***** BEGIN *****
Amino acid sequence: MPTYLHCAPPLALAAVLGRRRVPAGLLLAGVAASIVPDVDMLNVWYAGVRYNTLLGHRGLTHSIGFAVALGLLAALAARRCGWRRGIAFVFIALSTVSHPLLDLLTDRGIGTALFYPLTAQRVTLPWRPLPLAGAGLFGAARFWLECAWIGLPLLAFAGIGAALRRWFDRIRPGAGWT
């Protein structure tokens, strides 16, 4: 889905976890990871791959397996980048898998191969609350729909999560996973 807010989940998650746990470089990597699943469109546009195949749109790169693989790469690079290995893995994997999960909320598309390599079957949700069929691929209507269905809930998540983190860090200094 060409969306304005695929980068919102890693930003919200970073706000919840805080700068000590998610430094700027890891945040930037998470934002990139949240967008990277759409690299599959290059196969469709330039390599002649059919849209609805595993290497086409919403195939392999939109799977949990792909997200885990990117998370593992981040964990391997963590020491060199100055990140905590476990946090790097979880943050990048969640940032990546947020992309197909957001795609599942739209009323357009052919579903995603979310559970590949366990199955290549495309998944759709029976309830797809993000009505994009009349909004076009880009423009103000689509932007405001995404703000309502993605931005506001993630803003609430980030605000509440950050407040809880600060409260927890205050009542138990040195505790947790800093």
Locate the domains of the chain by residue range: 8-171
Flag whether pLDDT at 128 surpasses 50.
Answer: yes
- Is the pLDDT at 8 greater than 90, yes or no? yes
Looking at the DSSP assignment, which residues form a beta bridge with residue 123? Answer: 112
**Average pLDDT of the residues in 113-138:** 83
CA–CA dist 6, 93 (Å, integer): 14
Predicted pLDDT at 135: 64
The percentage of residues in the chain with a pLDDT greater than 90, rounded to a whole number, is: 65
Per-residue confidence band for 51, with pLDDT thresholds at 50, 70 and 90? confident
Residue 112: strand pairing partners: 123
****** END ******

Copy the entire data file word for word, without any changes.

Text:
Amino acid sequence: MPTYLHCAPPLALAAVLGRRRVPAGLLLAGVAASIVPDVDMLNVWYAGVRYNTLLGHRGLTHSIGFAVALGLLAALAARRCGWRRGIAFVFIALSTVSHPLLDLLTDRGIGTALFYPLTAQRVTLPWRPLPLAGAGLFGAARFWLECAWIGLPLLAFAGIGAALRRWFDRIRPGAGWT
């Protein structure tokens, strides 16, 4: 889905976890990871791959397996980048898998191969609350729909999560996973 807010989940998650746990470089990597699943469109546009195949749109790169693989790469690079290995893995994997999960909320598309390599079957949700069929691929209507269905809930998540983190860090200094 060409969306304005695929980068919102890693930003919200970073706000919840805080700068000590998610430094700027890891945040930037998470934002990139949240967008990277759409690299599959290059196969469709330039390599002649059919849209609805595993290497086409919403195939392999939109799977949990792909997200885990990117998370593992981040964990391997963590020491060199100055990140905590476990946090790097979880943050990048969640940032990546947020992309197909957001795609599942739209009323357009052919579903995603979310559970590949366990199955290549495309998944759709029976309830797809993000009505994009009349909004076009880009423009103000689509932007405001995404703000309502993605931005506001993630803003609430980030605000509440950050407040809880600060409260927890205050009542138990040195505790947790800093």
Locate the domains of the chain by residue range: 8-171
Flag whether pLDDT at 128 surpasses 50.
Answer: yes
- Is the pLDDT at 8 greater than 90, yes or no? yes
Looking at the DSSP assignment, which residues form a beta bridge with residue 123? Answer: 112
**Average pLDDT of the residues in 113-138:** 83
CA–CA dist 6, 93 (Å, integer): 14
Predicted pLDDT at 135: 64
The percentage of residues in the chain with a pLDDT greater than 90, rounded to a whole number, is: 65
Per-residue confidence band for 51, with pLDDT thresholds at 50, 70 and 90? confident
Residue 112: strand pairing partners: 123